This study uses realist evaluation in one Scottish health board to explore how CMC works, for whom, in what context and to what extent, and so inform sustainable on-going implementation and up-scaling within the context of The Best Start [12].

Methods

Realist Evaluation (RE) is a theory driven approach which aims to understand how complex interventions, such as CMC, work. RE goes beyond answering if a programme works to answer how it works, for whom, to what extent and under what circumstances [15]. Programmes work by enabling or motivating individuals to change their reasoning or behaviour [16]. People’s responses vary according to circumstances, which is why interventions work in some contexts but work differently or not at all in others and explains why interventions cannot simply be transferred to another context and expected to achieve the same outcomes [16]. In RE ‘mechanisms’ are the responses which are triggered in various circumstances to produce specific outcomes [15] and understanding these is fundamental to RE [17]. The interaction between circumstances and mechanisms is frequently presented as Context + Mechanism = Outcome (CMO) [16]. RE recognises that the theory-based understanding of how a programme works can be replicated in different contexts [16], which is particularly useful for upscaling programmes, such as CMC, that have been shown to work in some contexts. RE’s sensitivity to context, which influences how an intervention unfolds, makes it appropriate for trying to establish what conditions and factors are pre-requisites for embedding CMC into routine care and ensuring positive outcomes [18].

Setting - National Context

In Scotland, and other UK countries, NHS maternity services are provided free of charge and most midwives practise in the NHS and are bound by NHS ‘Agenda for Change’ terms and conditions [19] and government strategies or policies. A very small number of women are cared for privately by an independent midwife. Midwives are the first point of contact for all women, the lead carer for ‘low risk’ women and care coordinators for women with additional risk factors or complex needs, where the obstetrician would be the lead carer [20]. Antenatal (AN) care is usually provided in primary care or hospital settings or occasionally at home; women can birth their baby at home, in a freestanding or alongside midwife-led unit or in hospital; immediate postnatal (PN) care is initially in the birth location and then in the woman’s home for up to around 10 days. Care is frequently fragmented by location and care provider according to stage of pregnancy, medical or obstetric risk factors, maternal choice and the availability of facilities.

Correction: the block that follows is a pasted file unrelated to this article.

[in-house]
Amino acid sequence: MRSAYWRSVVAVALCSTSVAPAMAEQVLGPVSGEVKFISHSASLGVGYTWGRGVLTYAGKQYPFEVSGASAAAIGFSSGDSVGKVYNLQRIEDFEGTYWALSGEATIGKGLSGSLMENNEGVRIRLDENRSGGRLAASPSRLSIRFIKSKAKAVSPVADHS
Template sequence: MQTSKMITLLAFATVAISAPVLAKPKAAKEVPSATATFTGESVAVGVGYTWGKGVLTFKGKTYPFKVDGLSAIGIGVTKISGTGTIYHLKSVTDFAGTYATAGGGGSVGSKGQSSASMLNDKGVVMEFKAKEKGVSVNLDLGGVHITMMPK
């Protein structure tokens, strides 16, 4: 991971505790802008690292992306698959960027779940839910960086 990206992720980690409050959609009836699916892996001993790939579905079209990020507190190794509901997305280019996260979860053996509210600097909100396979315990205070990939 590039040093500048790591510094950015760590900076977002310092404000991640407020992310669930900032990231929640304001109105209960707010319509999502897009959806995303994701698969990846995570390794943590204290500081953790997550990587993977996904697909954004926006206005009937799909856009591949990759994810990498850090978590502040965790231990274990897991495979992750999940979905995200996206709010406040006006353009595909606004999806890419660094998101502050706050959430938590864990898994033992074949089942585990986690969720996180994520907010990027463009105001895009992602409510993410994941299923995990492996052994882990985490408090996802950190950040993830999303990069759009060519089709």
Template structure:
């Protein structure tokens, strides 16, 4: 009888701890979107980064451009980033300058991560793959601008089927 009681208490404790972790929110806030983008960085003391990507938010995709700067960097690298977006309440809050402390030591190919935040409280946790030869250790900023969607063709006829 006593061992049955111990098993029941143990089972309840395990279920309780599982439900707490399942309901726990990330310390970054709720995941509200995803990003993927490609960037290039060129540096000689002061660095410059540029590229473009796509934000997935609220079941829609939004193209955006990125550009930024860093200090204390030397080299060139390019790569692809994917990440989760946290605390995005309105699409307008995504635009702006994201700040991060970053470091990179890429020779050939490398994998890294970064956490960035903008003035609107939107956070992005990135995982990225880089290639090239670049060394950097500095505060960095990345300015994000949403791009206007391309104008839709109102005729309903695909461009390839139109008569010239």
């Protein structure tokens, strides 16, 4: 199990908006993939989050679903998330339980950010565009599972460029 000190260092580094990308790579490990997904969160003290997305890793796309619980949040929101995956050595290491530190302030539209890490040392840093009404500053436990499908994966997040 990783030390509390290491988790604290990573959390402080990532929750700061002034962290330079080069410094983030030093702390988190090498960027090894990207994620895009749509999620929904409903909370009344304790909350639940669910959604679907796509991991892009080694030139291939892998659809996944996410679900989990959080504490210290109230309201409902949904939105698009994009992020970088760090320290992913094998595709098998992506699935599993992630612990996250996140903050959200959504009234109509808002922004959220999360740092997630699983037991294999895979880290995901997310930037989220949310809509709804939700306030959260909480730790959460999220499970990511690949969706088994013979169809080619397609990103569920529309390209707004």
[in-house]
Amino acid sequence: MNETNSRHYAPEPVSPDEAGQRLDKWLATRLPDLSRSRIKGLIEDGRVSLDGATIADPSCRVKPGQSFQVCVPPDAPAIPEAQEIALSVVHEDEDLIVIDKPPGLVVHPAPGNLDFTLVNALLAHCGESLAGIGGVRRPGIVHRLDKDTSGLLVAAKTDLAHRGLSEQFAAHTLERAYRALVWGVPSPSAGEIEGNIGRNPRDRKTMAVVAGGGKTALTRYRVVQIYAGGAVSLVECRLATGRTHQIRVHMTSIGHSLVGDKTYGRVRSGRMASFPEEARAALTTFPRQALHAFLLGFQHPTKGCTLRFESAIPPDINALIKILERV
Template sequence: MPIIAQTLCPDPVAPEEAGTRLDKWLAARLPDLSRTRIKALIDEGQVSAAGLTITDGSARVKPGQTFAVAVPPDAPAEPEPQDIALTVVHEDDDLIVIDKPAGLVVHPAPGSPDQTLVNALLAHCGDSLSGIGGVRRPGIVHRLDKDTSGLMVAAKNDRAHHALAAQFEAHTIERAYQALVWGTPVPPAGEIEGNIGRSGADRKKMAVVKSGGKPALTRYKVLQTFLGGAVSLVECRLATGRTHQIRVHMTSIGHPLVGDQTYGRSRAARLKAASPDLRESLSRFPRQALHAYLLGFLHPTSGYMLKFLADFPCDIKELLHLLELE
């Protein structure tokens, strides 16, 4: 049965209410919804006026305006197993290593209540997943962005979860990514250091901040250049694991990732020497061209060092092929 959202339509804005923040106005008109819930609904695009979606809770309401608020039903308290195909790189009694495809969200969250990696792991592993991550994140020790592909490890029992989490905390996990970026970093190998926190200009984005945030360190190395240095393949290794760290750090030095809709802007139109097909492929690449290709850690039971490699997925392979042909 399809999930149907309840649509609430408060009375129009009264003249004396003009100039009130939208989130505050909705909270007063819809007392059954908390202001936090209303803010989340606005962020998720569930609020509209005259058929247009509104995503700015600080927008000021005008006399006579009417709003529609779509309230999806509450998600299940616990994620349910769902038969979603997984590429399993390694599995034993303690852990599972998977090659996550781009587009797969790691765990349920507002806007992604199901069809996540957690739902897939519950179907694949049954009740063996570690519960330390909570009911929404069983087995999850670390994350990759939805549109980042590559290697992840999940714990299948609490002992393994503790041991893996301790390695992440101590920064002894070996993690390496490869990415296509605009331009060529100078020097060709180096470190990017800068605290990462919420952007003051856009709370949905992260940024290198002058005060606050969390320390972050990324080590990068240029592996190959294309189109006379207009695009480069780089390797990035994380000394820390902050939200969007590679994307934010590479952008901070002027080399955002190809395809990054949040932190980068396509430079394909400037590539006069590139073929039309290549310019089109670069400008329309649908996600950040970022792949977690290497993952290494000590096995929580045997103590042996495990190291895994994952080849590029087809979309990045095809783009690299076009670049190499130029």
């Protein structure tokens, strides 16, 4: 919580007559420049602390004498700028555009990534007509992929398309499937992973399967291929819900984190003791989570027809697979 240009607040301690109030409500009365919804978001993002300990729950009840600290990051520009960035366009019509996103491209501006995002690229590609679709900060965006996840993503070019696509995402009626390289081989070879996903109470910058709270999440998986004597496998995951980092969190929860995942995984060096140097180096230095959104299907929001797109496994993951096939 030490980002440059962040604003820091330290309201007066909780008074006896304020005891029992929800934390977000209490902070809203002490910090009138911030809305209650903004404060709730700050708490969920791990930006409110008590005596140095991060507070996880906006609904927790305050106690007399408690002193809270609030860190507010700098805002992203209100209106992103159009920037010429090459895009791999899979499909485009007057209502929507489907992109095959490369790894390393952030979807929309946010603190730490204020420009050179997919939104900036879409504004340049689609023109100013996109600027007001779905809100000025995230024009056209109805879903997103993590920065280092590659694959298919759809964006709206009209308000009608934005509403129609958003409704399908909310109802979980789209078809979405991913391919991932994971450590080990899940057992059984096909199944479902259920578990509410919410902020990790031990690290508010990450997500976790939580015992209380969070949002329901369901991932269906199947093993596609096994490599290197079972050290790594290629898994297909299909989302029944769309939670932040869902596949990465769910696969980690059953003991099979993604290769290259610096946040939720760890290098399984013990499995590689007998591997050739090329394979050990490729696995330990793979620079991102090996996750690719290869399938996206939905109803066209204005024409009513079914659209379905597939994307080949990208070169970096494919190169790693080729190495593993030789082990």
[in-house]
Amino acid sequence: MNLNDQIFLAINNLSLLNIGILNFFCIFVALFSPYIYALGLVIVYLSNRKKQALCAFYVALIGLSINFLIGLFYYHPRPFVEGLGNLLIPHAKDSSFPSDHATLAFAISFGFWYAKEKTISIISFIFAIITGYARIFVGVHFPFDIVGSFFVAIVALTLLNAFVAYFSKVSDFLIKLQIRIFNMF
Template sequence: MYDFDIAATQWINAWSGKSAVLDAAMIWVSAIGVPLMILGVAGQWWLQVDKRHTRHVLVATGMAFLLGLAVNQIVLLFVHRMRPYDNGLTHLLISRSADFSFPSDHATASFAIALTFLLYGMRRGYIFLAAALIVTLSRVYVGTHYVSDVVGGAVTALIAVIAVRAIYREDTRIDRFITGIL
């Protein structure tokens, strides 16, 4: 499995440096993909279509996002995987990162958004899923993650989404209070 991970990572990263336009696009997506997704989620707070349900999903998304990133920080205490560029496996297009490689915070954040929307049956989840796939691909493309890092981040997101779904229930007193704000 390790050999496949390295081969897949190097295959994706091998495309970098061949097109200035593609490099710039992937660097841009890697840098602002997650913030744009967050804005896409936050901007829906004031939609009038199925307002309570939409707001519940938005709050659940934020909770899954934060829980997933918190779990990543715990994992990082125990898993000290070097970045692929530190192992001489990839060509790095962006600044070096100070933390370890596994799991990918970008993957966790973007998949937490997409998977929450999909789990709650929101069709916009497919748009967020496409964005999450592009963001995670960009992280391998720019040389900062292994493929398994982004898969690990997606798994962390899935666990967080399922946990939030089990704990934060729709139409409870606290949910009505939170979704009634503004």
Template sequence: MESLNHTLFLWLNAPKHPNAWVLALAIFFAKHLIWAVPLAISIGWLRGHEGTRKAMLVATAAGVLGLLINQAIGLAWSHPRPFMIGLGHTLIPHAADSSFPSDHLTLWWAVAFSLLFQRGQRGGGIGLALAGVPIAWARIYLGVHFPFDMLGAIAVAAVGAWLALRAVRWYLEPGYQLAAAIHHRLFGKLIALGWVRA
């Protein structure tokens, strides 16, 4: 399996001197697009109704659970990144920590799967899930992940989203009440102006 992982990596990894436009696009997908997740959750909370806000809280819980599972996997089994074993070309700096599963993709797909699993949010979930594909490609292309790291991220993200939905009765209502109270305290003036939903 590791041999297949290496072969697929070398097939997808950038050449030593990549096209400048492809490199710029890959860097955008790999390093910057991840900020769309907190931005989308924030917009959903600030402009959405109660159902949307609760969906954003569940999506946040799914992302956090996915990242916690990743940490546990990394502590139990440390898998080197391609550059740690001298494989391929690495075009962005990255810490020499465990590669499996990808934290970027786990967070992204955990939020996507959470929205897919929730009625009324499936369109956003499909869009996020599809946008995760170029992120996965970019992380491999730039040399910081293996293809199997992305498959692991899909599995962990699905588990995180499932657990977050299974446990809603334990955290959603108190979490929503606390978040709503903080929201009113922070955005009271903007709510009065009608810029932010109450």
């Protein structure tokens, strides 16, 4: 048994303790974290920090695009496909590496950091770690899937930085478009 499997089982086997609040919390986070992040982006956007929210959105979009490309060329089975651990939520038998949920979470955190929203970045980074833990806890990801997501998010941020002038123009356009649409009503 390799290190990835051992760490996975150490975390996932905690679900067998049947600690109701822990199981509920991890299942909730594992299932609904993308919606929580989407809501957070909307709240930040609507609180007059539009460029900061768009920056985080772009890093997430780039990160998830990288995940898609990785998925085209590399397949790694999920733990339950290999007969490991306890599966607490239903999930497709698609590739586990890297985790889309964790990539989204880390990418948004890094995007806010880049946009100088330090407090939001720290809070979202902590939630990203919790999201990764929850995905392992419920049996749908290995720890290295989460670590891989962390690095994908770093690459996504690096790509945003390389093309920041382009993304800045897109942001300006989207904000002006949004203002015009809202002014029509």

There are significant concerns about the UK midwifery workforce including high levels of stress, sickness and poor workplace cultures [21]. These factors, along with feeling unable to provide good quality care and disliking the current fragmented model, are driving midwives out of the profession [22, 23]. The 2018 State of the Maternity Services Scotland [24] report highlighted increasing midwifery vacancies (quadrupled in the previous 5 years); more vacancies remaining unfilled, and an increase in midwives leaving the profession. Although birth rates have fallen over the past 3 years more women are presenting with increasingly complex needs including pre-existing medical conditions, obesity and giving birth later in life (54% of babies in Scotland are born to women over 30 years).

Local context

This study was set in one Scottish health board, which is served by two maternity hospitals and has around 9500 births per year. Previous attempts to introduce CMC in this area were small scale and not sustained. Our baseline survey [25], developed to understand the local context, highlighted that local midwives supported the principles of CMC but opposed its implementation [26]. We used the ecological model [27] to organise survey findings and examine factors at the micro, meso and macro levels, which was helpful for showing how influences at various organisational levels can impact on the clinical experiences of midwives and ongoing implementation and sustainability of CMC, Table 1.

Table 1 The local context for introduction of CMC*

The Best Start continuity model

The Best Start plan [12] was informed by published evidence and national consultation with key stakeholders including women and midwives. Following publication, health boards could apply to be ‘early adopters’ to test implementation with some anticipating this would bring resources. Early adopter status was approved in September 2017 and despite no accepted definitions, evaluation tools or clear indication of additional resources an early, and ambitious, target proposed that CMC be achieved for 75% of women within 2 years.

The Best Start [12] advocates teams of 6–8 midwives each with Full Time Equivalent (FTE) caseloads of 35 women at any given time (i.e. around 40–42 per year). Women are allocated a ‘primary’ midwife who provides continuity, with support from the team and/or a ‘buddy’ midwife. Operationalising CMC has varied across the 14 Scottish health boards according to local facilities and concurrent care structures. In most health boards, midwives were encouraged to develop a way of working to suit their team while ensuring 24-h cover for team births through a combination of rostering and on-call. In our study area CMC started as a ‘test of change’ with a small team of midwives (6 FTEs), who volunteered to trial the model within the context of the dominant fragmented model [12].

Data collection, sources & analysis